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Tear Gland (Lacrimal) Tumors

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Malignant epithelial tumors of the lacrimal (tear) gland make up just two percent of tumors of the eye socket. Adenoid cystic carcinoma (AdCC) are more frequently diagnosed (nearly 50 percent of cancerous lacrimal gland tumors).

Why Choose Sylvester Comprehensive Cancer Center?

One of only 71 NCI-designated cancer centers in the United States. Sylvester is one of only two cancer centers in Florida that have been recognized by the National Cancer Institute. The team earned this distinction through its outstanding work conducting research in its laboratories, treating patients in its clinics and hospitals, and reaching out to medically underserved communities with innovative prevention strategies.

Multidisciplinary care teams. Your cancer is assessed and treated by a variety of eye professionals. This includes ophthalmologists, dermatologists, ocular and radiation oncologists, and pathologists. You'll receive highly personalized care that ensures your best possible results.

Pre-surgical chemotherapy options. Intra-arterial chemotherapy (IACC), provided prior to surgery, was pioneered at Sylvester and appears to improve overall survival and decrease disease recurrence.

Top-ranked eye prosthesis (artificial replacement) options. If the eyeball must be removed to cure cancer, a prosthetic eye improves your appearance and protects the space and cells behind your eye. The prosthesis is custom designed to match the iris and pupil of your other eye so you can have more confidence and lifetime health after treatment.

Bascom Palmer Eye Institute is ranked #1 by U.S. News & World Report. Bascom Palmer Eye Institute is the top-rated facility in the country for the treatment of diseases and disorders of the eye, according to U.S. News & World Report. When you choose us for your eye care, you will receive the best care in the nation in a compassionate setting.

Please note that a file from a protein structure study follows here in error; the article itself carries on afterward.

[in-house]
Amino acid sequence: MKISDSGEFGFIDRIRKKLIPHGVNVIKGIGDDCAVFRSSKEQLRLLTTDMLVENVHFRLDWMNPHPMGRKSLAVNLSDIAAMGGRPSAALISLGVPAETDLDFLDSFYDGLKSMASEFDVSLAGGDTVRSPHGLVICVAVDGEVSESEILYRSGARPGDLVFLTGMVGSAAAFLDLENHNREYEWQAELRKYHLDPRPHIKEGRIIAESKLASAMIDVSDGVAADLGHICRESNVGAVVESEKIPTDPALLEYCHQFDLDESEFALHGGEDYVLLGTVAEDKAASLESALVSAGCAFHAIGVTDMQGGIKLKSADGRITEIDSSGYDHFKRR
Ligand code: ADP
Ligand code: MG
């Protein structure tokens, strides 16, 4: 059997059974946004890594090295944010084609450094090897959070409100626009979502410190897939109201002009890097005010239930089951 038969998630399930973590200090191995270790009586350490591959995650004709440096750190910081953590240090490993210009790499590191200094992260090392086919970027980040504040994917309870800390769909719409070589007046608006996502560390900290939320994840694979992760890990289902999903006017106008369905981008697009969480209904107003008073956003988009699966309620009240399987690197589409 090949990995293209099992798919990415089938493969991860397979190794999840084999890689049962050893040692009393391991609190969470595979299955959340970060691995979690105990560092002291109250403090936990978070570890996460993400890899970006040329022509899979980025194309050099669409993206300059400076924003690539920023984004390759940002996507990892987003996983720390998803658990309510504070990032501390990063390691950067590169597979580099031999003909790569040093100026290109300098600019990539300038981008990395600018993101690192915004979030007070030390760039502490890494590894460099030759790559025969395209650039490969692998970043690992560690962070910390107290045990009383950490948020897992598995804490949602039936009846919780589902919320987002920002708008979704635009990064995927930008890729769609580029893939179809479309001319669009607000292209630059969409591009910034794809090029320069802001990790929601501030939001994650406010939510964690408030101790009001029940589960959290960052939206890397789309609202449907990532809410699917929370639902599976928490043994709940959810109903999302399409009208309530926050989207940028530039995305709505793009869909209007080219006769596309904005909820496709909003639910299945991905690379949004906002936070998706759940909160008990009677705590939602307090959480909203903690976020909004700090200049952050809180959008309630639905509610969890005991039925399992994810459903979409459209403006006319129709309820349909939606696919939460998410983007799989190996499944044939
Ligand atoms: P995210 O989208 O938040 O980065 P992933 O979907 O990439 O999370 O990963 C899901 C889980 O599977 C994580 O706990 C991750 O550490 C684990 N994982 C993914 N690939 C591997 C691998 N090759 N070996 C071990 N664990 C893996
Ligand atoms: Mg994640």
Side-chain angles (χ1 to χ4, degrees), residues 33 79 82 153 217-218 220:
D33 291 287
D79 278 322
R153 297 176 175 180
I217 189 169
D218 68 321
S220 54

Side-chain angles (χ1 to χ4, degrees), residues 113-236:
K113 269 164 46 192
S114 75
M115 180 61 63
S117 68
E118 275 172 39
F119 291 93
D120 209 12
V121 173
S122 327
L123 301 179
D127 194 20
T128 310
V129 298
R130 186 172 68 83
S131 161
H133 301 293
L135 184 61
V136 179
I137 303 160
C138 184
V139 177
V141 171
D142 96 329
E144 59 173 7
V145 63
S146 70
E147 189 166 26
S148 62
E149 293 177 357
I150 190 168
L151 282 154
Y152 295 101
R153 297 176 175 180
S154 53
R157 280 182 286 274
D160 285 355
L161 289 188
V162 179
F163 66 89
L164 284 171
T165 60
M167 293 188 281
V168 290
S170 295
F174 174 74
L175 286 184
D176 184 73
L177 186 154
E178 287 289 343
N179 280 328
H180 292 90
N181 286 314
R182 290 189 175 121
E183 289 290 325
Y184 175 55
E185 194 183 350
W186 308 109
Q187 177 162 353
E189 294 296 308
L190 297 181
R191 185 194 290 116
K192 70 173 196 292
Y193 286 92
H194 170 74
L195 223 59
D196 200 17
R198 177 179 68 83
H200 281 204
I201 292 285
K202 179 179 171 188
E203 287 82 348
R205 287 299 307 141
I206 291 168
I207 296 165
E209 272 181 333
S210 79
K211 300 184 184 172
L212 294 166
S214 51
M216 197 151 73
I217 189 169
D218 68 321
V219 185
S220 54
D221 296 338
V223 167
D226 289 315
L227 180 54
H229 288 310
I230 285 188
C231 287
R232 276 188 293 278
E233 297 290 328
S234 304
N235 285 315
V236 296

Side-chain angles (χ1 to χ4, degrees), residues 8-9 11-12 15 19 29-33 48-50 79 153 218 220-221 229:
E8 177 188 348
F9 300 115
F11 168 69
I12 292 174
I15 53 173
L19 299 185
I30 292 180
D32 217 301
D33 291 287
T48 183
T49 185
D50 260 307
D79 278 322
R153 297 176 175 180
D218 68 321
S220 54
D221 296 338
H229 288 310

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Treatments


Treatment for lacrimal (tear gland) cancers may involve a combination of chemotherapy, immunotherapy, and surgery.

  • Chemotherapy

    Neoadjuvant (prior to surgery) intra-arterial chemotherapy (IACC) seems to improve survival and decrease cancer recurrence. A catheter is threaded into the groin and up to the lacrimal artery where the chemotherapy is injected. This helps prevent systemic side effects.

  • Immunotherapy or Biologic Therapy

    Also called biologic therapy, immunotherapy boosts the body's natural defenses to fight the tumor. It uses materials made either by the body or in a laboratory to improve, target, or restore your immune system function. Rituximab is the most common immunotherapy used in treating lacrimal gland tumors.

  • Exenteration

    For more advanced disease, the surgeon removes the eye and eyelid, fat, nerves, and muscle found in the eye socket area. You can be fitted for a customized artificial eye (prosthesis) after the surgery. Our experts will match the size and color to the other eye.

Tests 


During an eye exam, your doctor will ask about your symptoms and may check your vision and eye movements with an indirect ophthalmoscope (an instrument with a light and a small magnifying lens). 

Imaging tests used for diagnosing lacrimal tumors can include:

  • Ultrasound 

    This test is usually done to determine the size, shape, and location of the tumor. Sylvester has state-of-the-art ultrasound machines with dedicated highly trained ultrasound technicians. Working with Bascom Palmer eye experts, they produce fast, accurate diagnostic results.

  • Magnetic Resonance Imaging (MRI) Scan

    An MRI of the head allows us to see inside the eye and other tissues.

  • Positron Emission Tomography (PET) Scan

    PET scans help us determine if the tumor has spread to other areas of the eye or body.

  • Computerized Tomography (CT) Scan

    X-rays take a series of pictures of the inside of your eye and surrounding structures. These images are then combined by a computer, giving clear 3-D images of the area.

  • Biopsy

    Symptoms and tests might suggest you have a lacrimal tumor, but a biopsy is usually needed to confirm the diagnosis. An ophthalmologist often will perform a biopsy to remove cells from your tear gland. The cells in the biopsy sample are sent to a lab to be examined under a microscope and tested for signs of cancer.

Accepted Insurances

Note: Health plans that are currently contracted with UHealth are listed below. However, please check with your insurance provider to verify that UHealth is part of your provider network.